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Colorectal Cancer

Immunotherapy for Colorectal Cancer

Immunotherapy activates a person’s immune system to recognize and destroy cancer cells. Because cancer cells originate in the body as normal cells, the immune system may fail to recognize them as “foreign.” When this happens, the undetected cancer cells are left to replicate freely. Immunotherapy uses medication to alert the immune system to the presence of cancer cells so that it can locate and destroy them.

Immunotherapy is used to treat some forms of colorectal cancer.


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When Can Immunotherapy Be Used to Treat Colorectal Cancer?

The immunotherapy drug Keytruda (pembrolizumab) has been shown to be effective in treating a type of colorectal cancer called deficient mismatch repair (dMMR) or microsatellite instability high (MSI-H) colorectal cancer.


What Is dMMR/MSI-H Colorectal Cancer?

Colorectal cancer is the third most common cancer in the world, with 150,000 new cases diagnosed in the U.S. every year. Roughly 80 percent of people are diagnosed at an early stage, before the cancer has spread to other parts of the body. Of those, approximately 15 to 20 percent are classified as dMMR colon cancer and 2 to 3 percent are classified as dMMR rectal cancer.

The body replaces the cells that line the colon every five to seven days with new cells. The new cells are produced so rapidly that some cells are defective. Normally, the immune system identifies and destroys these defective or mismatched cells.

Colorectal cells with the dMMR genomic defect are unable to repair the mutations that occur during cell replication. When a dMMR cell grows into a cancer cell, it produces an immune tolerance, meaning it remains hidden from the immune system. As a result, the defective cells are free to replicate and form tumors.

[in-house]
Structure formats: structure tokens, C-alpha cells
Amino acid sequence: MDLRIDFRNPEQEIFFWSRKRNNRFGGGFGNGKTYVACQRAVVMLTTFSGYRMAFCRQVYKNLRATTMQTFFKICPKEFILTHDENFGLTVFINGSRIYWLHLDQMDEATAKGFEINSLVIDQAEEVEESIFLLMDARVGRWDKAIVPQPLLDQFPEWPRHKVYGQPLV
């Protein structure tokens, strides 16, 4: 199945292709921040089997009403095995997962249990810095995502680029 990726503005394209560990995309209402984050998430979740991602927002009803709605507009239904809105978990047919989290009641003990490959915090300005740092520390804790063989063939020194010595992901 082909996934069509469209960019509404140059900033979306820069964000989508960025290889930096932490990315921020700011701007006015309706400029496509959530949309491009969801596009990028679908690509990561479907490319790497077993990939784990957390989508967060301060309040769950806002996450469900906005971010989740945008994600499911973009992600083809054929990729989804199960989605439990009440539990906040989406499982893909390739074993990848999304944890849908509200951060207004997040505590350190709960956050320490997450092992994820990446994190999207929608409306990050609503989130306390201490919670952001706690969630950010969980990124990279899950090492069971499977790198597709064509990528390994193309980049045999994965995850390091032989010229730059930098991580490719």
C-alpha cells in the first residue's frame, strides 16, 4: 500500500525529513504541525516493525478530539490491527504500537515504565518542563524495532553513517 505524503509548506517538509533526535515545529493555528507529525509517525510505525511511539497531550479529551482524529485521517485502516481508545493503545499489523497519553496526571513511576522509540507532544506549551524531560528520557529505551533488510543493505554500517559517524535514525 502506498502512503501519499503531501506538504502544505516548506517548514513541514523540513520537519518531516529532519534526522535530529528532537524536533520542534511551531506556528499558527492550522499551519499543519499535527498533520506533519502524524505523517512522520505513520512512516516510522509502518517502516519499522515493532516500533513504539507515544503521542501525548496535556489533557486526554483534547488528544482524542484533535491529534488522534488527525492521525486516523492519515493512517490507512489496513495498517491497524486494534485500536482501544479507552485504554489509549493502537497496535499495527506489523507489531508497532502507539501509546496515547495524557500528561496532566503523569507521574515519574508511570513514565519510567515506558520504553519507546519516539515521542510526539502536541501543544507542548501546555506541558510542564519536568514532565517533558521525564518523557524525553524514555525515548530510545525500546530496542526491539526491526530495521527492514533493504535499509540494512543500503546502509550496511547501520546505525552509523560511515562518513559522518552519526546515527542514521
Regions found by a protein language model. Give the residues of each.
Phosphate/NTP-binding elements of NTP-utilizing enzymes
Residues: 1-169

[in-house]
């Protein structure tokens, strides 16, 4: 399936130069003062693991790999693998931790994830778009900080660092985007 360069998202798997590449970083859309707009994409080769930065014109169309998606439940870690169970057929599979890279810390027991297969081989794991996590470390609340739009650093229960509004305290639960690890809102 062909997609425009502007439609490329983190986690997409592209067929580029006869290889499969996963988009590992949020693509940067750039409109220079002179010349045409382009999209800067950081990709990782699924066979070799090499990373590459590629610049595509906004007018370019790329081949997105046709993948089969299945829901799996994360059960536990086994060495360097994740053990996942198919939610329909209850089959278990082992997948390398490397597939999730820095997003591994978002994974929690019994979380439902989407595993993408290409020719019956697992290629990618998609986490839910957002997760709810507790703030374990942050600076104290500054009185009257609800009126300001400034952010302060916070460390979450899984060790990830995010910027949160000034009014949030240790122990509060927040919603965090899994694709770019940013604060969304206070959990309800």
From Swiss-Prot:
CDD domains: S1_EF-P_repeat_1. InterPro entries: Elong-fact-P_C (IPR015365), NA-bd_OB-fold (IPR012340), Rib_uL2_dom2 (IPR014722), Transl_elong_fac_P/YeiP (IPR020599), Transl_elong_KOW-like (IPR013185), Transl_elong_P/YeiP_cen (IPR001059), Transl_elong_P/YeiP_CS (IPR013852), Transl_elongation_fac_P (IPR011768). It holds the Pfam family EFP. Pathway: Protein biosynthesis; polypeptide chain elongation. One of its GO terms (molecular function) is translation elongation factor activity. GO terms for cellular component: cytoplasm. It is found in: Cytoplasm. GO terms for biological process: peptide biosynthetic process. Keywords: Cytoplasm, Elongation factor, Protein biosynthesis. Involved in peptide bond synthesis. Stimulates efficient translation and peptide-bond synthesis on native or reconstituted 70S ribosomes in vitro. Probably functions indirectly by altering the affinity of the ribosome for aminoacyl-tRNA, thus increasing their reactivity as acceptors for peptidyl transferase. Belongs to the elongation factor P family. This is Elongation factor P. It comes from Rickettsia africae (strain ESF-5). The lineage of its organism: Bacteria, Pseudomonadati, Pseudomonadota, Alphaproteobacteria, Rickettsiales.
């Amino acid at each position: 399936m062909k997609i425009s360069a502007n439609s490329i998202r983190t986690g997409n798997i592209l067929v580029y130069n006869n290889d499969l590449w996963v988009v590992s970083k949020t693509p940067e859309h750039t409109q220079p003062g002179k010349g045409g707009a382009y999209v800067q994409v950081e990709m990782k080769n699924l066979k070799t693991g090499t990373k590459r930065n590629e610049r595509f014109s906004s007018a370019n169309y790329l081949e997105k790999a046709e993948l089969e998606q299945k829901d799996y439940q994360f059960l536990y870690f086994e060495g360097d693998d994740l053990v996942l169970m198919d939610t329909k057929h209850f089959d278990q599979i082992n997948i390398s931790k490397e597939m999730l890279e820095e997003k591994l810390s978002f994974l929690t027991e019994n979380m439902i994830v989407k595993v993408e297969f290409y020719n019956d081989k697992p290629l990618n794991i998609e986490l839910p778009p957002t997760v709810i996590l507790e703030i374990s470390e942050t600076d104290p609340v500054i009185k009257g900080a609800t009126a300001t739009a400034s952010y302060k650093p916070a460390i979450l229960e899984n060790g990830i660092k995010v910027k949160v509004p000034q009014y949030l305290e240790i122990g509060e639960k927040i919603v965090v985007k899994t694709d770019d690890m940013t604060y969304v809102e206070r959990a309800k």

What Is Keytruda?

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Keytruda (pembrolizumab) is a type of immunotherapy that works by making cancer cells visible to the immune system so it can detect and destroy them.

Keytruda is administered as an infusion therapy, delivered directly into the bloodstream by a needle through a vein. The infusion takes about 45 minutes and can be done at your doctor’s office or an infusion clinic.

Some dMMR/MSI-H colorectal cancer patients achieve complete remission with Keytruda immunotherapy, with no evidence of disease.


Who Is Eligible For Keytruda Therapy?

Keytruda is FDA-approved for use in the treatment of dMMR/MSI-H colorectal cancer that is unresectable (cannot be removed completely with surgery) or metastatic (has spread to other parts of the body).

For many colorectal cancer patients, treatment involves some combination of surgery, chemotherapy and radiation, all of which cause side effects. Surgery, in particular, can be challenging for older patients, especially those with other health issues. Keytruda offers an excellent treatment alternative to achieve remission. Keytruda is well tolerated in over 90 percent of the patients who take it, including most elderly patients.


Does Keytruda Have Side Effects?

Keytruda can cause your immune system to attack healthy organs and tissues in the body, affecting the way they work and causing side effects. Your doctor will discuss potential side effects and ways to manage them with you.


Why Choose UH for Immunotherapy?

Ranked one of the best cancer hospitals in the country by U.S. News & World Report for over 20 years, University Hospitals Seidman Cancer Center is dedicated exclusively to the diagnosis and treatment of cancer and blood disorders. Among our innovation efforts, we are at the forefront of expanding the use of immunotherapy in the treatment of colorectal and other types of cancer.

UH Seidman Cancer Center has launched a national database called DREAM-GI to track dMMR/MSI-H colorectal cancer patients treated with Keytruda at UH Seidman Cancer Center and other cancer centers throughout the U.S. The purpose of the database is to track patient data over five years to evaluate the long-term results of the treatment. In doing so, the database will help inform future treatment guidelines, potentially positioning Keytruda as a first-line treatment for dMMR/MSI-H colorectal cancer. As a result, it could be used before surgery, chemotherapy and radiation therapy in certain patients, perhaps eliminating the need for conventional treatments and the related side effects.


Which Doctors Treat Colorectal Cancer Patients With Immunotherapy?

The following doctors at UH Seidman Cancer Center provide immunotherapy to eligible colorectal cancer patients:

Sakti Chakrabarti, MD

(4.8), 14 Reviews

Amit Mahipal, MD

(4.9), 9 Reviews

Melissa Lumish, MD

Jennifer Selfridge, MD, PhD

(4.9), 7 Reviews